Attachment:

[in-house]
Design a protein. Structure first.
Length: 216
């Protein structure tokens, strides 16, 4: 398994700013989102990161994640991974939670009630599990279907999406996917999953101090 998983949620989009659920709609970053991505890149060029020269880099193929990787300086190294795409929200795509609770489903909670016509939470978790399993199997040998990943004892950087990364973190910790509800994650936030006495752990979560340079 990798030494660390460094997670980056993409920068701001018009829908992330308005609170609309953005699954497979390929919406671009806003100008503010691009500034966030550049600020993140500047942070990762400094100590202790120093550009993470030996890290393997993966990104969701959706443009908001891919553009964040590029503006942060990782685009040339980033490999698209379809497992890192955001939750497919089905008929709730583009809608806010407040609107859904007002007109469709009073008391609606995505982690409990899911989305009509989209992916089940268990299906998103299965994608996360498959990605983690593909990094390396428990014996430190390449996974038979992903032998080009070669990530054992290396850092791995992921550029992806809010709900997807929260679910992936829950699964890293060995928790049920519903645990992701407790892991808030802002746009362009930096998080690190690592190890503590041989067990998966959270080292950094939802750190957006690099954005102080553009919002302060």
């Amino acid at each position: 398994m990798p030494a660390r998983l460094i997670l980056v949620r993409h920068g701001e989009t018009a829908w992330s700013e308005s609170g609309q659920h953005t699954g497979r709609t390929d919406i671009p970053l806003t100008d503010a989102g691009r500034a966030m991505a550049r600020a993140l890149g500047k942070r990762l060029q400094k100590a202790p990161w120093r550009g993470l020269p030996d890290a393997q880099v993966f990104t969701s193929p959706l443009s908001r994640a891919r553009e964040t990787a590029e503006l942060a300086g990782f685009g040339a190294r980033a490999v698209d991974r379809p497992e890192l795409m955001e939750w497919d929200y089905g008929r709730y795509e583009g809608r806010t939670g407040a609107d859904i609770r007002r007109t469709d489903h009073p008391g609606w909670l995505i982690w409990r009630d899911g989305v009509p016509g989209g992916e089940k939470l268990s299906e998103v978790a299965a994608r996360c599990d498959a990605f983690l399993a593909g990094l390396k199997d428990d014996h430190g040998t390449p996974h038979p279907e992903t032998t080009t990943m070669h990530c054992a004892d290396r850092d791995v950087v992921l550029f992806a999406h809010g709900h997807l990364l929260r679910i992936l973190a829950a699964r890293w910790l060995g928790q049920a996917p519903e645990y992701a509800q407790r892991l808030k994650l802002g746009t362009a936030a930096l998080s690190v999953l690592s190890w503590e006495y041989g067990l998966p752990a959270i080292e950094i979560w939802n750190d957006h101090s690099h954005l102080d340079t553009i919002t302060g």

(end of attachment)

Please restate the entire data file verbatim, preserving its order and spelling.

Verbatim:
[in-house]
Design a protein. Structure first.
Length: 216
């Protein structure tokens, strides 16, 4: 398994700013989102990161994640991974939670009630599990279907999406996917999953101090 998983949620989009659920709609970053991505890149060029020269880099193929990787300086190294795409929200795509609770489903909670016509939470978790399993199997040998990943004892950087990364973190910790509800994650936030006495752990979560340079 990798030494660390460094997670980056993409920068701001018009829908992330308005609170609309953005699954497979390929919406671009806003100008503010691009500034966030550049600020993140500047942070990762400094100590202790120093550009993470030996890290393997993966990104969701959706443009908001891919553009964040590029503006942060990782685009040339980033490999698209379809497992890192955001939750497919089905008929709730583009809608806010407040609107859904007002007109469709009073008391609606995505982690409990899911989305009509989209992916089940268990299906998103299965994608996360498959990605983690593909990094390396428990014996430190390449996974038979992903032998080009070669990530054992290396850092791995992921550029992806809010709900997807929260679910992936829950699964890293060995928790049920519903645990992701407790892991808030802002746009362009930096998080690190690592190890503590041989067990998966959270080292950094939802750190957006690099954005102080553009919002302060």
């Amino acid at each position: 398994m990798p030494a660390r998983l460094i997670l980056v949620r993409h920068g701001e989009t018009a829908w992330s700013e308005s609170g609309q659920h953005t699954g497979r709609t390929d919406i671009p970053l806003t100008d503010a989102g691009r500034a966030m991505a550049r600020a993140l890149g500047k942070r990762l060029q400094k100590a202790p990161w120093r550009g993470l020269p030996d890290a393997q880099v993966f990104t969701s193929p959706l443009s908001r994640a891919r553009e964040t990787a590029e503006l942060a300086g990782f685009g040339a190294r980033a490999v698209d991974r379809p497992e890192l795409m955001e939750w497919d929200y089905g008929r709730y795509e583009g809608r806010t939670g407040a609107d859904i609770r007002r007109t469709d489903h009073p008391g609606w909670l995505i982690w409990r009630d899911g989305v009509p016509g989209g992916e089940k939470l268990s299906e998103v978790a299965a994608r996360c599990d498959a990605f983690l399993a593909g990094l390396k199997d428990d014996h430190g040998t390449p996974h038979p279907e992903t032998t080009t990943m070669h990530c054992a004892d290396r850092d791995v950087v992921l550029f992806a999406h809010g709900h997807l990364l929260r679910i992936l973190a829950a699964r890293w910790l060995g928790q049920a996917p519903e645990y992701a509800q407790r892991l808030k994650l802002g746009t362009a936030a930096l998080s690190v999953l690592s190890w503590e006495y041989g067990l998966p752990a959270i080292e950094i979560w939802n750190d957006h101090s690099h954005l102080d340079t553009i919002t302060g």